Yes, I found my “calling” to be a missionary to Muslims, with the life goal of converting them to Christianity. Like our group emphasized, this calling had to over-rule everything else. I’m tempted to go down the rabbit hole of why that was so wrong, but I will let it go as not to make this post too long. But I will say, we came home from the mission field due to the suffering of my children (after I had a major break from evangelisms).

When one is given the diagnosis of incurable cancer, suddenly fighting that cancer becomes the new calling or cause. It is not a cause of choice, but you suddenly become conscripted into this ferocious war. The only choice that you have, is check out, by letting the cancer take you out or taking your own life.

If I were single, with no kids or living parents, taking my own life would be a reasonable choice, rather than taking this long, painful and expensive journey. It will cost a million dollars to tame this beast inside of me. Don’t worry, taking my own is not on my radar unless the suffering becomes unbearable. I did have a young nurse in the hospital three weeks ago suggested that I might want to consider suicide rather than starting this fight. I was profoundly shocked at her suggestion. I sense that in her youth, maybe 22, that I she saw me as too old to be salvageable.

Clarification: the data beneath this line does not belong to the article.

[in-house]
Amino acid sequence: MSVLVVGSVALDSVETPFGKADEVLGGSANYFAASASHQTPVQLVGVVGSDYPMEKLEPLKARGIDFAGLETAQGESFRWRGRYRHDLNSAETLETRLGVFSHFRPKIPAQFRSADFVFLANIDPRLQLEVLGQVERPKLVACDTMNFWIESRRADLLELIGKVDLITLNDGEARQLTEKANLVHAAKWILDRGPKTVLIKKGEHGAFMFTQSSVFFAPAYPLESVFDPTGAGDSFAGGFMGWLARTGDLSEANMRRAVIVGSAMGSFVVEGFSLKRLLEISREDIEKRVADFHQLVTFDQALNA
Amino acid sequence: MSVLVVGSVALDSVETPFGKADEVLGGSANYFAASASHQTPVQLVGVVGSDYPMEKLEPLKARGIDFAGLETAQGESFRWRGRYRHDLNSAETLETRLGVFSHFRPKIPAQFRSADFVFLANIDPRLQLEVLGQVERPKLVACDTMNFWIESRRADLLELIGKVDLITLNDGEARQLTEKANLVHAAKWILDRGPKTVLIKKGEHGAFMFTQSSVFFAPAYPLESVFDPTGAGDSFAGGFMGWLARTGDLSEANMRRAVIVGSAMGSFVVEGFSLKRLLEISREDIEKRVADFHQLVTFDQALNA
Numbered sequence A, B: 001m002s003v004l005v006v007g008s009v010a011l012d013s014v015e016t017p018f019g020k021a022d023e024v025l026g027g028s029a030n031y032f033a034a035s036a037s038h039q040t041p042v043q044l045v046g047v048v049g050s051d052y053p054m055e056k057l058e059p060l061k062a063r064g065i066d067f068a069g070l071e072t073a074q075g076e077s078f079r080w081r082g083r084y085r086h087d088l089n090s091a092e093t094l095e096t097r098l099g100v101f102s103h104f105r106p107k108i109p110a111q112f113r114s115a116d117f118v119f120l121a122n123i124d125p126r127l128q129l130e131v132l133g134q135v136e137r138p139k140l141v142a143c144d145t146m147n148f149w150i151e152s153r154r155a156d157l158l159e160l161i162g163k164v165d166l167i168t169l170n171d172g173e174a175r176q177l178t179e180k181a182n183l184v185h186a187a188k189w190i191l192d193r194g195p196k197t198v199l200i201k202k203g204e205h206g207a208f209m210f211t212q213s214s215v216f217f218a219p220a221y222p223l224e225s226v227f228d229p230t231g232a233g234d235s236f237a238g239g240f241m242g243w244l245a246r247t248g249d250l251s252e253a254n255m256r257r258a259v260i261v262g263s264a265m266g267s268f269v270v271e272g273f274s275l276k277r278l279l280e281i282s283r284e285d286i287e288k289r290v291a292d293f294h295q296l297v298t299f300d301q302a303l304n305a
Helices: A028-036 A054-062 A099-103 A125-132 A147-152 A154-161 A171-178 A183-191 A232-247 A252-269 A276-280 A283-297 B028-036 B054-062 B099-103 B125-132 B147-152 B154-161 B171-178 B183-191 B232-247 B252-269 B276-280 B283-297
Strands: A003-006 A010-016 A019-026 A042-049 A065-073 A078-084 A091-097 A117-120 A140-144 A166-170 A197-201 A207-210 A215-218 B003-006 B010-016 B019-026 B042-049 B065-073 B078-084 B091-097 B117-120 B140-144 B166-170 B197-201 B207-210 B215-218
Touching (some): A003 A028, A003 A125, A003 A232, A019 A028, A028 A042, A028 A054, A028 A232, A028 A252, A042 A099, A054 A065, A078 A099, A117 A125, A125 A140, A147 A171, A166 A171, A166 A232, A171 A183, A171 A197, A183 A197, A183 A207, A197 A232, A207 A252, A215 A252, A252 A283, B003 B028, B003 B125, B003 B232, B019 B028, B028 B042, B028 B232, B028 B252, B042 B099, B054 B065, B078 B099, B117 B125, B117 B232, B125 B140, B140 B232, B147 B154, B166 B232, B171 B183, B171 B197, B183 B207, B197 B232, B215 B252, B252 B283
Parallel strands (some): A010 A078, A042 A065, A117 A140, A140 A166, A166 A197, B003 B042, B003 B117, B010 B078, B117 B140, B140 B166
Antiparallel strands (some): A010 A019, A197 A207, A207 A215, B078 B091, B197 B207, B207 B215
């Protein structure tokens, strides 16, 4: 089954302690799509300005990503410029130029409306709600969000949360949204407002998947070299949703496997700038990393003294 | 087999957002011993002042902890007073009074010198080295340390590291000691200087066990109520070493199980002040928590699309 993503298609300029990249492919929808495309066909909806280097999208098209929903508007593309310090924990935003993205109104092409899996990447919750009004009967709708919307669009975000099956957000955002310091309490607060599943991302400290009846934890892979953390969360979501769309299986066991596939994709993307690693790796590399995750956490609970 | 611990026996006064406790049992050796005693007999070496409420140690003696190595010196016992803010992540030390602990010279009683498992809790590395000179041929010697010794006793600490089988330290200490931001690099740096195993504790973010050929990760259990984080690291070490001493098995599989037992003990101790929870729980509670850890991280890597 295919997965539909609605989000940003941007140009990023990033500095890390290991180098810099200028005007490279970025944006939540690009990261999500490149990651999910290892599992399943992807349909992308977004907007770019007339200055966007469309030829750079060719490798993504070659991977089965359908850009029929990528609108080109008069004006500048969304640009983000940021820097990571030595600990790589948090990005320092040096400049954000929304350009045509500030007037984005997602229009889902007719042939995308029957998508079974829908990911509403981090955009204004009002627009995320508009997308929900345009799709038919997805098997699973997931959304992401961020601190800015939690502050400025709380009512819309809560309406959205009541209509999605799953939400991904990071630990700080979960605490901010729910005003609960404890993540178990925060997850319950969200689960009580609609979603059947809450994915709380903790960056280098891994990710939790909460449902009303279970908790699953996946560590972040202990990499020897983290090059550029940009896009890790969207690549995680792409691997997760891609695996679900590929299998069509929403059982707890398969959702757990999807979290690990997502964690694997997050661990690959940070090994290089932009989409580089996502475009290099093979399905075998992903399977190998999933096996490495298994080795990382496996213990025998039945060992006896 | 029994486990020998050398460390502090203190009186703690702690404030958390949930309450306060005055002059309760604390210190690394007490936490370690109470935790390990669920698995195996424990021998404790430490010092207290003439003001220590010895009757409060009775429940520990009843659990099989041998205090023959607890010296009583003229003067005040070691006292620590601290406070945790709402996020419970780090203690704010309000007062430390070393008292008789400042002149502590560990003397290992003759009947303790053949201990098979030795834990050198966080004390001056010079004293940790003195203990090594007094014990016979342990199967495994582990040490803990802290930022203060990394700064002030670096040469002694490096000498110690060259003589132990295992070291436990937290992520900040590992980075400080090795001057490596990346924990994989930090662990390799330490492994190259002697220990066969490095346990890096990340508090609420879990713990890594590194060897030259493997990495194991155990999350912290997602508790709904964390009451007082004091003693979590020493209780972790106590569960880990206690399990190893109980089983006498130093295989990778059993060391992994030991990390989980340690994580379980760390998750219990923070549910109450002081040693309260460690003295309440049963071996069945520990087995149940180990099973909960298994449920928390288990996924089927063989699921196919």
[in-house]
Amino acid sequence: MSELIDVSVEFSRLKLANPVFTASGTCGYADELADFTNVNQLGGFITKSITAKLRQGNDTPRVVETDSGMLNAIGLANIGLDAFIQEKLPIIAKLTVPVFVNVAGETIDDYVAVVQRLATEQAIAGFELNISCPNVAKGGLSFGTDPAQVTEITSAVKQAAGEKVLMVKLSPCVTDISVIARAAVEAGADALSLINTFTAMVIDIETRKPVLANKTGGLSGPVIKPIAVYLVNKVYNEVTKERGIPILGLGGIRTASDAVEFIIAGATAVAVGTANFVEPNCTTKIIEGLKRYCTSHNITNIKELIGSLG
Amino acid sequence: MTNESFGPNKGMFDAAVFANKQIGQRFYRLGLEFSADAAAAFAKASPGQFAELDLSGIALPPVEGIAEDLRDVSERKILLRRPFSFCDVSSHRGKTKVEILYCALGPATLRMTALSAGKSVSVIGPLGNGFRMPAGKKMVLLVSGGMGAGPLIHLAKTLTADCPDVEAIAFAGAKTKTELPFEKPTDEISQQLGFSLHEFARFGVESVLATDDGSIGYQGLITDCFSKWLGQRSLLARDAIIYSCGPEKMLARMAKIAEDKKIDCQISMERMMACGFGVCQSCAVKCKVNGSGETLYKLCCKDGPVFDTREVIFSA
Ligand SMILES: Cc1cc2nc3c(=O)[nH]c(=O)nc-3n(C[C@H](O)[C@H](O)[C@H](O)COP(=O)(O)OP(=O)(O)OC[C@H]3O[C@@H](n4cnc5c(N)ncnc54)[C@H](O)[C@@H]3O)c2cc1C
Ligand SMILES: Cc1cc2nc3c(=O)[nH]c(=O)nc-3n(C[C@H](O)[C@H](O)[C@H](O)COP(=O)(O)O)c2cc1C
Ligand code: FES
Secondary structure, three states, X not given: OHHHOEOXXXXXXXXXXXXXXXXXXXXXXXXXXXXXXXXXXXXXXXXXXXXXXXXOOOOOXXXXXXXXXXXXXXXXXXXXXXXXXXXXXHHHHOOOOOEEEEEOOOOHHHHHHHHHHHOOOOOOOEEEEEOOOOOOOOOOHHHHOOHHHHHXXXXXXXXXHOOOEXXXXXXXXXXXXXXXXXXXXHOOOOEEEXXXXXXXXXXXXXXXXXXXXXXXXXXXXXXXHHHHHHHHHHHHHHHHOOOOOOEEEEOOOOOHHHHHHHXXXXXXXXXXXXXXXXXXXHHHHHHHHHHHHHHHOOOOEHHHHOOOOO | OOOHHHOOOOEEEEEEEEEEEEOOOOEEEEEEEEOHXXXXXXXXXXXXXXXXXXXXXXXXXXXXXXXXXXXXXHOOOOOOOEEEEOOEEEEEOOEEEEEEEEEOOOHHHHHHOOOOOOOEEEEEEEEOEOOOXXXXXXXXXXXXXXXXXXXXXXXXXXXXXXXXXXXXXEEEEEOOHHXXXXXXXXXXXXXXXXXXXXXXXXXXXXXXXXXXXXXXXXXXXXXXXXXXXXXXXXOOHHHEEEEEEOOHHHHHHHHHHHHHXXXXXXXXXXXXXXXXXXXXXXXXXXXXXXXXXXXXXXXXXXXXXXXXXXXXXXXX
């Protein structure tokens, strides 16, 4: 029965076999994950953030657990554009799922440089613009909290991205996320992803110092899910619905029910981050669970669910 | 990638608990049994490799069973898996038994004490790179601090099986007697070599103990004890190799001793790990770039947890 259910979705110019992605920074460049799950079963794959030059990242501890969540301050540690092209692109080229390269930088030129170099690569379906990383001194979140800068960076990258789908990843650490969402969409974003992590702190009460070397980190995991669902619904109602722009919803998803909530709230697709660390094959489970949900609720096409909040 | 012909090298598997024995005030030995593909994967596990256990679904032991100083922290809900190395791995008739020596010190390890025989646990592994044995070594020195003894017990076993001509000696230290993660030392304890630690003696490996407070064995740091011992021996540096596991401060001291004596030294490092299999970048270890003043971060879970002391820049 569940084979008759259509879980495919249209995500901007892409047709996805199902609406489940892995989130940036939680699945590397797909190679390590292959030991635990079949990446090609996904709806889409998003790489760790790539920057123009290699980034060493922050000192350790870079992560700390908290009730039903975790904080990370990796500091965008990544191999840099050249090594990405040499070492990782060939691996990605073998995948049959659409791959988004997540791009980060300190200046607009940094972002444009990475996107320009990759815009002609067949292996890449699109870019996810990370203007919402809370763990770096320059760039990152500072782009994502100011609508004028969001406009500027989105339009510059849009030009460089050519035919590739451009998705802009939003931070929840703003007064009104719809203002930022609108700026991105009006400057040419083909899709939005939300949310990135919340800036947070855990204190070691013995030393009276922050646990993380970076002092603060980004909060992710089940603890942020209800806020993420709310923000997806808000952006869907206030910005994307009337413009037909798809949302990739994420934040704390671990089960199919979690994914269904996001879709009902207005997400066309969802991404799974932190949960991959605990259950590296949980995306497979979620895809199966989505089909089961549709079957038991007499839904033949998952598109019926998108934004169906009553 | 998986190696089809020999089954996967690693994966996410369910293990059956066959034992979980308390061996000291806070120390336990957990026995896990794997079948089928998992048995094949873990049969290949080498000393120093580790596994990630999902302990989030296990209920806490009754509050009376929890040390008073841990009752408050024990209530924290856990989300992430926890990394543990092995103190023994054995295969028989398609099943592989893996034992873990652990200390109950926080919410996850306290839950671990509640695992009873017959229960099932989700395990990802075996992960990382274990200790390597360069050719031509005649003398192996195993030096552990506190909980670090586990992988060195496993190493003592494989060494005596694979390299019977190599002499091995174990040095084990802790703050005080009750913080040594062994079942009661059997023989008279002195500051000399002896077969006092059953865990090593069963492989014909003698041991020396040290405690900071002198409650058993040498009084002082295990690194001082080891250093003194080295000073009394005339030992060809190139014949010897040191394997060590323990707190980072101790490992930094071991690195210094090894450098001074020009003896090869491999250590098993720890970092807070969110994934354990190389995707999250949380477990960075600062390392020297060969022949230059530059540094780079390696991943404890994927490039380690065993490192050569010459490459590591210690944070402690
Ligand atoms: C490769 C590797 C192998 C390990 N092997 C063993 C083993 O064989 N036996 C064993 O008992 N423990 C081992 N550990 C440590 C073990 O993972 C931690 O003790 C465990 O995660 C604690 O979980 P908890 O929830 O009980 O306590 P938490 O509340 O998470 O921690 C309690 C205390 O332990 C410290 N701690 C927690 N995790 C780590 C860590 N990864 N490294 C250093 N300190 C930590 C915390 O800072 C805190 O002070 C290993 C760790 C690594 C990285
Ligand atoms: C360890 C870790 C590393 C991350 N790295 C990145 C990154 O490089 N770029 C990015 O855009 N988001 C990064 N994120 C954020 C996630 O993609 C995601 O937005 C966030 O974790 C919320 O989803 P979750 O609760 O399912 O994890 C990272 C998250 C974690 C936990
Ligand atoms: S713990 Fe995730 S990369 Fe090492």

Image result for frodo with a sword

So, for all practical purposes, I have no choice in this fight. I am not brave as to choose to take this journey. I am anxious little Frodo Baggins, swept up in a war with the Dark Lord Sauron or with the Orcs. I have nothing but a short little sword (thank goodness Orcs are easily killed) and a magic ring.

Now, with great clarity, I am called to this war and that automatically supersedes all else. But here is how I see this cause. Cancer is part of the darkness in this world. In my view, this universe that we live in, is about 90% glorious and spectacular. I love it! But about 10% is horrid and terrible. Evil is real. The horrid is the Christian concept of the “Fall.” Pantheism tries to explain evil in other ways. The atheist has no explanation because there is no difference between good and evil in that paradigm (as I said in another post, I respect the atheist because I almost ended up there, but I cut them no slack in their denial of nihilism).

The purpose of this fight is to survive. It is to conquer. It is to live against the odds and against the purpose of the cancer to kill me. Cancer loses when we live.

I do not live in denial. I know that death is a card on the table. During my first five days of this disease, it looked like death was the ONLY card on the table. It seemed, (my biased impression) that the only thing that people in the hospital wanted to talk to me about was preparing for death. I planned my funeral. I said what I had to say to my kids and wife. I finally asked people—when they kept asking me if I had thought about death—that death as the ONLY thing I as thinking of, but can’t we have some hope? This process was very, very sad.

But having the death card on the table is not unique to me. Everyone has that card on the table, but they often don’t make eye contact with it. None of us get out of this universe without death. Death can appear out of the blue in the form of terrible diseases or accidents to anyone. In m MM support online support group are people in their twenties with this horrible disease.